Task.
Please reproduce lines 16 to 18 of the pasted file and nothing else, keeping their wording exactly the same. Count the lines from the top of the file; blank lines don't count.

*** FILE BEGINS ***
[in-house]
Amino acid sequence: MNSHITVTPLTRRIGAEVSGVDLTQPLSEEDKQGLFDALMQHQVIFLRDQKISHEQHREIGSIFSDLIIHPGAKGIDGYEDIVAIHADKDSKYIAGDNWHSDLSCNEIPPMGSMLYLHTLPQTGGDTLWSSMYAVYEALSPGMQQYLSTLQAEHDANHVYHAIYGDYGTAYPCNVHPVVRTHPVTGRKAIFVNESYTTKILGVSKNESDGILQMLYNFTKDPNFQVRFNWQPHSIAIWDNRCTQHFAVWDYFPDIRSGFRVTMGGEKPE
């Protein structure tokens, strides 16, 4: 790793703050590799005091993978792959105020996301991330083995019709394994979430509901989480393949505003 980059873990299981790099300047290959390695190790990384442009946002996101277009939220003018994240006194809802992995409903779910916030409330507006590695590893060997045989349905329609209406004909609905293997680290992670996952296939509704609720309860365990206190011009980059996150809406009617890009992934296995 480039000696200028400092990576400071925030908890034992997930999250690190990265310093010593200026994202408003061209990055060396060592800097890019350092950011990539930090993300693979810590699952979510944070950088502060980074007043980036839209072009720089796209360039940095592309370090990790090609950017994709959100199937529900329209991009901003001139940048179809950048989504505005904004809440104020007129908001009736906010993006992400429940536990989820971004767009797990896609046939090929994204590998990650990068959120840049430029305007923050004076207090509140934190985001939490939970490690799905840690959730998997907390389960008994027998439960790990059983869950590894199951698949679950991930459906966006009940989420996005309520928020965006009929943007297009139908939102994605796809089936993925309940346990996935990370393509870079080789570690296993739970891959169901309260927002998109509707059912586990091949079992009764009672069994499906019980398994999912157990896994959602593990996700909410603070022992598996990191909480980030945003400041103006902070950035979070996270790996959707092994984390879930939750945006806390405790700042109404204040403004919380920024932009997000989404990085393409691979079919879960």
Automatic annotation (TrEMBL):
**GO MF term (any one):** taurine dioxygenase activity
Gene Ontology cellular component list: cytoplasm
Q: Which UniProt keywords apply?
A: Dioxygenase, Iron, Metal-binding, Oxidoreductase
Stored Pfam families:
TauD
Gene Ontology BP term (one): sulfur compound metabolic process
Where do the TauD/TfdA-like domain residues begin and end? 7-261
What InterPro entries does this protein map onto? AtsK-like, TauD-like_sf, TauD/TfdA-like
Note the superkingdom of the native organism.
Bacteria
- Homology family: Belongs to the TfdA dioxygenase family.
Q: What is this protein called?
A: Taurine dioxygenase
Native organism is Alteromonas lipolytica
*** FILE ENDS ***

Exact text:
- Homology family: Belongs to the TfdA dioxygenase family.
Q: What is this protein called?
A: Taurine dioxygenase